New York, NY – New York Mayor Bill de Blasio has unveiled a plan to “more than triple” the number of juvenile offenders who are freed from jail without bond, including some teen offenders facing charges of assault, armed robbery and burglary.
“We’re ensuring there are real alternatives to incarceration particularly for our young New Yorkers,” de Blasio told reporters on Tuesday, according to the New York Post.
Under the mayor’s new guidelines for the no-bail Supervised Release Program, which will go into effect on Saturday, offenders between the ages of 16 and 19 will qualify for the city’s Youth Engagement Track, the New York Post reported.
That program was previously not available to 18- and 19-year-old defendants.
The policy changes will also “significantly” expand the number of adult offenders who will be eligible for no-bond release.
“We need to focus on getting them on the right track,” de Blasio told the New York Post. “We need to support them. We need to make sure they’re being redeemed — not just locked up.”
Those charged with first- and second-degree robbery, burglary, and assault will also now be eligible.
“Based on 2017 bail numbers for the affected ages and charges, these changes should more than triple the number of defendants eligible for the Youth Engagement Track,” the Mayor’s Office of Criminal Justice executive director of diversion initiatives Miriam Popper added.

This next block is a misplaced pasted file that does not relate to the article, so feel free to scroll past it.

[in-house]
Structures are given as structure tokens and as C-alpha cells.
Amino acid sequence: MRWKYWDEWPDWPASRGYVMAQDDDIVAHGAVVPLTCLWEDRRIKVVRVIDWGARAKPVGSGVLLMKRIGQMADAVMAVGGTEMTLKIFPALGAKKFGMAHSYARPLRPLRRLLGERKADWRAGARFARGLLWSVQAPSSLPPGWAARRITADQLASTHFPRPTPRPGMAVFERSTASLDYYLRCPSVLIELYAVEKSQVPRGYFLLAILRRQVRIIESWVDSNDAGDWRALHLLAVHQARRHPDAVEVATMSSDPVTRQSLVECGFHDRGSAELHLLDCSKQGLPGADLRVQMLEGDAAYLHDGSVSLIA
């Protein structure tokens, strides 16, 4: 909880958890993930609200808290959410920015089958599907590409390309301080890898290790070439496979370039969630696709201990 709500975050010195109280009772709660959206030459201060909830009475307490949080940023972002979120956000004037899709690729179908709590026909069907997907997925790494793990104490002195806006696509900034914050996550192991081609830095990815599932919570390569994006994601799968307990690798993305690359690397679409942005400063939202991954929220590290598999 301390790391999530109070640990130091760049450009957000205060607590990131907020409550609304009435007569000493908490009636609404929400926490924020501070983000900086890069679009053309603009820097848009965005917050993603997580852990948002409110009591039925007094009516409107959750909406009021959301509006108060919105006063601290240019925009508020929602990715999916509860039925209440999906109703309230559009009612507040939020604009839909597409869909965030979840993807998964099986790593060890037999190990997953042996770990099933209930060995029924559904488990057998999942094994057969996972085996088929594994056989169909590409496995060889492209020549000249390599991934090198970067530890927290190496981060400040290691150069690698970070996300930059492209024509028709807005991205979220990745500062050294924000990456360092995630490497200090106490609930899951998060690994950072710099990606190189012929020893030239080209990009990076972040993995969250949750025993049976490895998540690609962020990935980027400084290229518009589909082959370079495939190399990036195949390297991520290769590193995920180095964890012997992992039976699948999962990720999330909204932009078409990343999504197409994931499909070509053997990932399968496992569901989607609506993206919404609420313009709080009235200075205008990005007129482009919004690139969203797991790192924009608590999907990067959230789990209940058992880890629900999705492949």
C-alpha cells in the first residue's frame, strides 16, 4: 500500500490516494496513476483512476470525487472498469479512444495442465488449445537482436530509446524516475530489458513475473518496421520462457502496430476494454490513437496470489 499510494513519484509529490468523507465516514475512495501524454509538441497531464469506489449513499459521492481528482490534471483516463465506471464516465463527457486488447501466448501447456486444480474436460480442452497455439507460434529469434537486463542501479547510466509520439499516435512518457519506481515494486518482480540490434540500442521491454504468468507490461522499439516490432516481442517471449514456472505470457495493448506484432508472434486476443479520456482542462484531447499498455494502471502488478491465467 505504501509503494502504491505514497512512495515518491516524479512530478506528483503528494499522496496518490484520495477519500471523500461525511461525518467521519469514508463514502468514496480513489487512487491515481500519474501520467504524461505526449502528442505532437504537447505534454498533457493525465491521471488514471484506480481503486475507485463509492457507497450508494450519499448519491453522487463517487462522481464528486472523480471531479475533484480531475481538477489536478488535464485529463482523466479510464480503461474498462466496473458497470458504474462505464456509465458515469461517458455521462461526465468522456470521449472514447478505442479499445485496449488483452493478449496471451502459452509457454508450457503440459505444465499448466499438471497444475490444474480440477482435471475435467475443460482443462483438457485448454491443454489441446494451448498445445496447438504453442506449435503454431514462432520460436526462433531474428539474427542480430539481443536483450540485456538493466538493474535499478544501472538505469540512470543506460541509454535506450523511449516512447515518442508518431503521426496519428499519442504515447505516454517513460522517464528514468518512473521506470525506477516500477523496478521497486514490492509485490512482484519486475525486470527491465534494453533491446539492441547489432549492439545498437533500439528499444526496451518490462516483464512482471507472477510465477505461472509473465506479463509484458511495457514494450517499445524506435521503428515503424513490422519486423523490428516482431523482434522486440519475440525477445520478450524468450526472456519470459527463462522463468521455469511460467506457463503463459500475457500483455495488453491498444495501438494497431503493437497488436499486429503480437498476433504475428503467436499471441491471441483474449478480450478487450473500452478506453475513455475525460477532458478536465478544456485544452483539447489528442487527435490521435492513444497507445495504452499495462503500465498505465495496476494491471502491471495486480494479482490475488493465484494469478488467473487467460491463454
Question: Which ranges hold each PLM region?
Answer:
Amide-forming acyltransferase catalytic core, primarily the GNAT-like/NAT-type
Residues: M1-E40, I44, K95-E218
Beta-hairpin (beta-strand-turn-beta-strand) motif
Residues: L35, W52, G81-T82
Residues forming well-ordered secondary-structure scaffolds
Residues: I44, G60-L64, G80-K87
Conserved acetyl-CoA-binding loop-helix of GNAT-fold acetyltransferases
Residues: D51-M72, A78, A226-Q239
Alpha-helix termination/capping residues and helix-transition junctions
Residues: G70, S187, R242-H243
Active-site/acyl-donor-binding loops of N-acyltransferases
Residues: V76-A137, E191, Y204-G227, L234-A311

Under the policy changes, defendants will no longer need to prove that they have ties to the community to be considered for supervised release.
Instead of needing to meet five “risk points” to be designated as a “high risk” offender, defendants will have to meet at least nine.
Teen offenders released from jail on the no-bond program will be required to undergo cognitive-behavioral therapy, and must be “placed on an intensive supervision schedule in the first month,” according to a May 13 memo from Popper to city judges.
Requirements for adult defendants will be tailored to their specific needs, the New York Post reported.
“In our city, we have reduced our jail population about 30 percent already,” de Blasio boasted on Sunday, according to the paper. “We are ending the era of mass incarceration in New York City.”
Some New York judges have expressed concern that the policy changes will tie their hands and eliminate their ability to exercise discretion over who should and shouldn’t be placed in the no-bond programs.
The Mayor’s Advisory Committee on the Judiciary plays a powerful role in determining who is selected to sit on the bench, so judges may feel pressured to release potentially dangerous defendants in order to save their own jobs, the New York Post reported.
“Oh no, no — judges are going to make their own decisions. We’re providing them an option. They’re going to decide what makes sense,” de Blasio said on Tuesday.
A high-ranking New York Police Department official denounced the mayor’s policy changes and noted that those who implemented them “don’t live in the neighborhoods where people are being robbed and assaulted.”
“People who have never been a victim of crime, they really don’t think about the consequences of this,” the official told the New York Post. “Without bail, the perps will be thinking: ‘I’m in and I’m out. Nothing’s going to happen. What’s the big deal?’”